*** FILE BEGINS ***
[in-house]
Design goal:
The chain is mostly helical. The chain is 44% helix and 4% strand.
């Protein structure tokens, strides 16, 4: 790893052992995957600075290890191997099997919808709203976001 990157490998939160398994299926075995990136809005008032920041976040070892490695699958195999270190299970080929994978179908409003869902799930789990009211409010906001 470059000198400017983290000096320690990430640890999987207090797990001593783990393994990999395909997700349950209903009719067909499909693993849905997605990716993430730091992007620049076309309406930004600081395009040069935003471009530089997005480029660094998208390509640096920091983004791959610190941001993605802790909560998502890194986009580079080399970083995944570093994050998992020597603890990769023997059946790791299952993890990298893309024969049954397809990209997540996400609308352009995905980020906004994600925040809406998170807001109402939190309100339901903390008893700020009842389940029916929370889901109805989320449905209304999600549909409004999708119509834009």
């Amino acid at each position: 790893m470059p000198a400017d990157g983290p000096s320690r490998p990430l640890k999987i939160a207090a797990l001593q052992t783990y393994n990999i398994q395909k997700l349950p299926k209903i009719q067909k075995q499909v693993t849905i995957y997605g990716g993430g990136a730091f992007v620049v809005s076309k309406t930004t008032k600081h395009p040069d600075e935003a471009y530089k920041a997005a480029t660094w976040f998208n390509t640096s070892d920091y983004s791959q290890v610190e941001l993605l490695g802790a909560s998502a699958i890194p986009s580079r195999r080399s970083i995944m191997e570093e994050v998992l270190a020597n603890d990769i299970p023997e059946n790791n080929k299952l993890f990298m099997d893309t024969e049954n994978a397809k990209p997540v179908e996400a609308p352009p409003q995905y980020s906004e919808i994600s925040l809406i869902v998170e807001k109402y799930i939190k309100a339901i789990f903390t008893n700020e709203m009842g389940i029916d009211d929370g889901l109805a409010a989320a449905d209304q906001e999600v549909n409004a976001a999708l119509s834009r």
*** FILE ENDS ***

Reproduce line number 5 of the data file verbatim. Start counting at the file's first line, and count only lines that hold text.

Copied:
């Amino acid at each position: 790893m470059p000198a400017d990157g983290p000096s320690r490998p990430l640890k999987i939160a207090a797990l001593q052992t783990y393994n990999i398994q395909k997700l349950p299926k209903i009719q067909k075995q499909v693993t849905i995957y997605g990716g993430g990136a730091f992007v620049v809005s076309k309406t930004t008032k600081h395009p040069d600075e935003a471009y530089k920041a997005a480029t660094w976040f998208n390509t640096s070892d920091y983004s791959q290890v610190e941001l993605l490695g802790a909560s998502a699958i890194p986009s580079r195999r080399s970083i995944m191997e570093e994050v998992l270190a020597n603890d990769i299970p023997e059946n790791n080929k299952l993890f990298m099997d893309t024969e049954n994978a397809k990209p997540v179908e996400a609308p352009p409003q995905y980020s906004e919808i994600s925040l809406i869902v998170e807001k109402y799930i939190k309100a339901i789990f903390t008893n700020e709203m009842g389940i029916d009211d929370g889901l109805a409010a989320a449905d209304q906001e999600v549909n409004a976001a999708l119509s834009r």